Other parts of this series:
This year, banks have needed to innovate at unprecedented speed and scale to navigate the choppy waters of the COVID-19 crisis. In the Accenture Banking Technology Vision for 2020—our annual review of emerging IT developments that will have the greatest impact on banks in the coming years—we identify some of the dangers and opportunities emerging in this volatile landscape. After looking at customer experience-related trends in my previous post, this time I’ll look at AI and innovation.
AI and Me
The ‘AI and Me’ trend explores how leading banks are fostering human-AI collaboration. Most banks have successfully adopted AI tools and practices that speed up the automation of basic tasks in existing workflows. But today, that’s just table stakes. To use AI simply to make certain processes and functions run faster and cheaper is to limit its impact. Tomorrow’s leaders are thinking about how they can scale their AI deployments, as well as using it as a collaboration tool.
In the short-term: Workforces desperately need augmentation.
With enormous challenges facing banks, they are turning to AI to help get work done—and not just in terms of automation. Many will continue working with reduced staff and new distancing rules and will face lingering economic impacts after the pandemic is over. AI can help them dream up new solutions and ideas to build a more flexible organization.
It can ease the burden of operating in a post-COVID world by becoming the vehicle that banks use to pivot as situations change. For some banks, COVID is thus becoming a lens for looking at AI differently: not only as a way to transform how they carry out work, but also what their people actually do, as well as how their business operates, delivers its services and interacts with customers.
In the long-term: COVID-19 will let us see human-AI collaboration at its best.
As AI tools mature and COVID-19 spurs adoption, the opportunities to use human-machine interactions to transform the banking experience will multiply. But to facilitate true human and AI collaboration, banks need to replace a “command and response” relationship between human and machine with an experience that is interactive, exploratory and adaptable.
More effective communication between people and machines, for example, allows humans and computers to work together more successfully. Advancements in natural language processing, image recognition and machine learning are enabling machines to start understanding not just the content but also the context of human communication.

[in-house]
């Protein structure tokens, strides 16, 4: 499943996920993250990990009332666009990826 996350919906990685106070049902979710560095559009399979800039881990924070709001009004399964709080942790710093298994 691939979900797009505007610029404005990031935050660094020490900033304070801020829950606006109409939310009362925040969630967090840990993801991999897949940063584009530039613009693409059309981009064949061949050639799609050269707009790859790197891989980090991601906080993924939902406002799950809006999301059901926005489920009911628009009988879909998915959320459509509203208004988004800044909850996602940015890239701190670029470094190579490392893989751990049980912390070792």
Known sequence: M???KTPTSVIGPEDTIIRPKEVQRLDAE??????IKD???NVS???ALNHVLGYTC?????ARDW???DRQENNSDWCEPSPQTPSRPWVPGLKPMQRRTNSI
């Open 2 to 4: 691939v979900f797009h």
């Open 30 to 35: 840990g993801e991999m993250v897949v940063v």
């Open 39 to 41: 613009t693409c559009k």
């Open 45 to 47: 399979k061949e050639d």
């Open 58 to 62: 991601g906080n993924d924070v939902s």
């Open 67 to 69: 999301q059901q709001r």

It goes the other way as well, with humans being better able to understand machines. Explainable AI allows people to open black-box AI systems to get at how the machine made a decision. As algorithms assume more responsibility within a business, explainability helps businesses build trust.
How should banks prepare themselves for the amplification of many of the competitive threats and technological disruptions they were facing before COVID-19? By building what Accenture describes as their unique innovation DNA—a code that helps an enterprise determine how it will grow. This code includes two major components:
- Maturing digital technology that is more commoditized and accessible—the social, mobile, analytics and cloud stack. This technology has proven its value during the pandemic. Look at how one global bank turned to the cloud to cater for a spike in support call volumes and a need to enable 20,000 agents to work remotely. In less than a week, it implemented an Amazon Connect solution to support basic inbound / outbound call handling.
- Emerging DARQ technologies (distributed ledger, AI, extended reality and quantum computing) that are poised to scale rapidly. Banks are finding new ways to inject DARQ technologies into mature markets. This is helping to ground these tech explorations and open doors to innovative business solutions.
In the short term: Banks face pressure to overcome legacy and accelerate digital.
Whether they are rolling out technology to keep the world running or working to prevent industry collapse, the partnerships, products, and services that banks are building today have the potential to last long after the crisis. They will define business and technology for years to come.
The leaders are focusing on targeted transition strategies, developing a path and a vision for decoupling applications from legacy infrastructure and moving to the cloud. Businesses can run new technologies—such as APIs, microservices, event-driven architectures, DevSecOps, data lakes and more—in parallel with their legacy systems using Agile and domain-driven methodologies.
In the long term: The rules around innovation will never be the same.
Many of the reasons banks might play it safe—failing to see demand for change, or being risk averse—are irrelevant in a world going through overwhelming transformation in such a short time. Old models for collaboration and innovation, based on sharing the same space and time, will give way to virtualized teams that work together using digital tools and Agile methodologies.
Leaders will weave together new innovation strategies, virtual teams and new partnerships to help them pivot quickly and continuously during this crisis and beyond. They will create agile and resilient innovation DNAs, and when the pandemic is over, will be positioned to meet new needs and build new capabilities faster than ever before.
Beyond the pandemic
As banks emerge from the pandemic, the success of the next generation of products and services will rest on their ability to elevate the human experience. Those that have a shared-success mindset—and invite collaboration with customers, employees, ecosystem partners, governments and the public—will create new opportunities for growth in a way that benefits all. I invite you to read the full Banking Tech Vision report to find out more.